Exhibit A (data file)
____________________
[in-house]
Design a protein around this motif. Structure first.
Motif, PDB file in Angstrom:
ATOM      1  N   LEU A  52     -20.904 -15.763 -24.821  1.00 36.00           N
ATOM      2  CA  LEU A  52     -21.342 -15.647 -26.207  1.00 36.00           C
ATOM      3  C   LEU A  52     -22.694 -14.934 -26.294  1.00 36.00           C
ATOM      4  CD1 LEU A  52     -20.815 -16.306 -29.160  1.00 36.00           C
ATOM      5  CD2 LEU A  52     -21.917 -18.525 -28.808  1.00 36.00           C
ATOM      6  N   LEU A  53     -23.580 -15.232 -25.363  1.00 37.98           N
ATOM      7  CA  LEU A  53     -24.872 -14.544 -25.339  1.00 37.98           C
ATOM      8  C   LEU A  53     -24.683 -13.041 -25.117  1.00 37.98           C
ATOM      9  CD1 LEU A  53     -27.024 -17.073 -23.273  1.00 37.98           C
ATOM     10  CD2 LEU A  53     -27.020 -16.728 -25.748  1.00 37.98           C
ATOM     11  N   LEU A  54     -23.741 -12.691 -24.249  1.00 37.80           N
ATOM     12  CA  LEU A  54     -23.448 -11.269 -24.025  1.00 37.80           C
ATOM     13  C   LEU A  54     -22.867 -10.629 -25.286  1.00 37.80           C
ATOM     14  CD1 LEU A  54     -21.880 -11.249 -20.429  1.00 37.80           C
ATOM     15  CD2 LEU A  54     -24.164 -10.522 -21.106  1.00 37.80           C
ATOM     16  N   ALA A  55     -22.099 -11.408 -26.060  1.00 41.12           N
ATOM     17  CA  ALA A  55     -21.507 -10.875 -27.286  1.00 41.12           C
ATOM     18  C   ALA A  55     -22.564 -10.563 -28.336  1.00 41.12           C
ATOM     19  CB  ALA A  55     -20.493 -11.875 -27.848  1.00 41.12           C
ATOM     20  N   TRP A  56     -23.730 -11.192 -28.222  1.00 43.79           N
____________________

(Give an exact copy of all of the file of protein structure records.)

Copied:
[in-house]
Design a protein around this motif. Structure first.
Motif, PDB file in Angstrom:
ATOM      1  N   LEU A  52     -20.904 -15.763 -24.821  1.00 36.00           N
ATOM      2  CA  LEU A  52     -21.342 -15.647 -26.207  1.00 36.00           C
ATOM      3  C   LEU A  52     -22.694 -14.934 -26.294  1.00 36.00           C
ATOM      4  CD1 LEU A  52     -20.815 -16.306 -29.160  1.00 36.00           C
ATOM      5  CD2 LEU A  52     -21.917 -18.525 -28.808  1.00 36.00           C
ATOM      6  N   LEU A  53     -23.580 -15.232 -25.363  1.00 37.98           N
ATOM      7  CA  LEU A  53     -24.872 -14.544 -25.339  1.00 37.98           C
ATOM      8  C   LEU A  53     -24.683 -13.041 -25.117  1.00 37.98           C
ATOM      9  CD1 LEU A  53     -27.024 -17.073 -23.273  1.00 37.98           C
ATOM     10  CD2 LEU A  53     -27.020 -16.728 -25.748  1.00 37.98           C
ATOM     11  N   LEU A  54     -23.741 -12.691 -24.249  1.00 37.80           N
ATOM     12  CA  LEU A  54     -23.448 -11.269 -24.025  1.00 37.80           C
ATOM     13  C   LEU A  54     -22.867 -10.629 -25.286  1.00 37.80           C
ATOM     14  CD1 LEU A  54     -21.880 -11.249 -20.429  1.00 37.80           C
ATOM     15  CD2 LEU A  54     -24.164 -10.522 -21.106  1.00 37.80           C
ATOM     16  N   ALA A  55     -22.099 -11.408 -26.060  1.00 41.12           N
ATOM     17  CA  ALA A  55     -21.507 -10.875 -27.286  1.00 41.12           C
ATOM     18  C   ALA A  55     -22.564 -10.563 -28.336  1.00 41.12           C
ATOM     19  CB  ALA A  55     -20.493 -11.875 -27.848  1.00 41.12           C
ATOM     20  N   TRP A  56     -23.730 -11.192 -28.222  1.00 43.79           N